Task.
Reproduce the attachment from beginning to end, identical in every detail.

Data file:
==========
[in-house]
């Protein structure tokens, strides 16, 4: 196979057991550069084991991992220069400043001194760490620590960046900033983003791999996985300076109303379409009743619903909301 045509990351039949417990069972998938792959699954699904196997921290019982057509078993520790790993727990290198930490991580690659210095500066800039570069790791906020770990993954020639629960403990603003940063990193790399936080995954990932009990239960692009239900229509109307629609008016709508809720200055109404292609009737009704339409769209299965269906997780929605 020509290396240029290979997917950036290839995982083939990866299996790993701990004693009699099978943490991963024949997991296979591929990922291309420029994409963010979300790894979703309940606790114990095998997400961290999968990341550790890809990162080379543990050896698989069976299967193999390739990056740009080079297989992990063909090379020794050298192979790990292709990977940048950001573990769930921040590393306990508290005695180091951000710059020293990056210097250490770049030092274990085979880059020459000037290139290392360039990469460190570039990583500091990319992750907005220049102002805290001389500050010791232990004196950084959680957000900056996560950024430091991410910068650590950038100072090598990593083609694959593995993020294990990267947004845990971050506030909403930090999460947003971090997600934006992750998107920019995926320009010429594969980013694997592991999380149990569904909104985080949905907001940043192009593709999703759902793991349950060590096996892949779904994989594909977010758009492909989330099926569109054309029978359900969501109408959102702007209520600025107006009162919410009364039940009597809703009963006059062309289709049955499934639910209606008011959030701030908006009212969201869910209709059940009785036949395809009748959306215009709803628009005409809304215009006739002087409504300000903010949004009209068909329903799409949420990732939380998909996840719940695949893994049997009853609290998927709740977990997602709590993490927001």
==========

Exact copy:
[in-house]
């Protein structure tokens, strides 16, 4: 196979057991550069084991991992220069400043001194760490620590960046900033983003791999996985300076109303379409009743619903909301 045509990351039949417990069972998938792959699954699904196997921290019982057509078993520790790993727990290198930490991580690659210095500066800039570069790791906020770990993954020639629960403990603003940063990193790399936080995954990932009990239960692009239900229509109307629609008016709508809720200055109404292609009737009704339409769209299965269906997780929605 020509290396240029290979997917950036290839995982083939990866299996790993701990004693009699099978943490991963024949997991296979591929990922291309420029994409963010979300790894979703309940606790114990095998997400961290999968990341550790890809990162080379543990050896698989069976299967193999390739990056740009080079297989992990063909090379020794050298192979790990292709990977940048950001573990769930921040590393306990508290005695180091951000710059020293990056210097250490770049030092274990085979880059020459000037290139290392360039990469460190570039990583500091990319992750907005220049102002805290001389500050010791232990004196950084959680957000900056996560950024430091991410910068650590950038100072090598990593083609694959593995993020294990990267947004845990971050506030909403930090999460947003971090997600934006992750998107920019995926320009010429594969980013694997592991999380149990569904909104985080949905907001940043192009593709999703759902793991349950060590096996892949779904994989594909977010758009492909989330099926569109054309029978359900969501109408959102702007209520600025107006009162919410009364039940009597809703009963006059062309289709049955499934639910209606008011959030701030908006009212969201869910209709059940009785036949395809009748959306215009709803628009005409809304215009006739002087409504300000903010949004009209068909329903799409949420990732939380998909996840719940695949893994049997009853609290998927709740977990997602709590993490927001």